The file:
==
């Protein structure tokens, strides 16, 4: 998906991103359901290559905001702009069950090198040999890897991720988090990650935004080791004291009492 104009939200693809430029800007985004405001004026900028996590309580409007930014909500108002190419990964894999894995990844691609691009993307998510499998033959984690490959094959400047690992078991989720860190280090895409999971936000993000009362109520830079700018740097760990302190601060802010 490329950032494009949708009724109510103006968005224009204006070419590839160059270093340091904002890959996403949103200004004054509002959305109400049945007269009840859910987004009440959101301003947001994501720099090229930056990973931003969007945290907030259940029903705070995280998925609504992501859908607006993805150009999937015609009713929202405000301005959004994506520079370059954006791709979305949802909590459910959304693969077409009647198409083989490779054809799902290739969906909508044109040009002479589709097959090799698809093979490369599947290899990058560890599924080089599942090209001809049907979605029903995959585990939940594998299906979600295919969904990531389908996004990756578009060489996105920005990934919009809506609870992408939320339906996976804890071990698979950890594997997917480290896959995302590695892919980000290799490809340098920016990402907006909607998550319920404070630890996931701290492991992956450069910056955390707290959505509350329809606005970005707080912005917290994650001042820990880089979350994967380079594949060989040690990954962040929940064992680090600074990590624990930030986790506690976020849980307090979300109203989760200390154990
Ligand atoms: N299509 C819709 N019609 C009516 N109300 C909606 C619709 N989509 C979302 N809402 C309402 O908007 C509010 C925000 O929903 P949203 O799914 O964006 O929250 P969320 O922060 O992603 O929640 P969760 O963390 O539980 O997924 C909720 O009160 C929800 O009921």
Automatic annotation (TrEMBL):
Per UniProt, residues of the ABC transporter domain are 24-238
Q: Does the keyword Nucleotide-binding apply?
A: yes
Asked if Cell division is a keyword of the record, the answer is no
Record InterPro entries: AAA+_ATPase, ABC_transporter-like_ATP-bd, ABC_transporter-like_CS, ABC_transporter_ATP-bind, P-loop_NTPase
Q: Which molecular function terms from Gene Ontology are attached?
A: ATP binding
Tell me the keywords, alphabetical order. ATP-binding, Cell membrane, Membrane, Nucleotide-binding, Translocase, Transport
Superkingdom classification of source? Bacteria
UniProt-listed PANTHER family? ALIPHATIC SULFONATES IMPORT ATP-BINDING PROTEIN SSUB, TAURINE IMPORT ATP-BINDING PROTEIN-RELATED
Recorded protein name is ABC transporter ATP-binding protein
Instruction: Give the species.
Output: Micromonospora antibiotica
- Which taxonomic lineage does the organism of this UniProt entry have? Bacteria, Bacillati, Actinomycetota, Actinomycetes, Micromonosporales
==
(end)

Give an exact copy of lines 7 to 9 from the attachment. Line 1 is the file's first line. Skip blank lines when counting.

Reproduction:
Asked if Cell division is a keyword of the record, the answer is no
Record InterPro entries: AAA+_ATPase, ABC_transporter-like_ATP-bd, ABC_transporter-like_CS, ABC_transporter_ATP-bind, P-loop_NTPase
Q: Which molecular function terms from Gene Ontology are attached?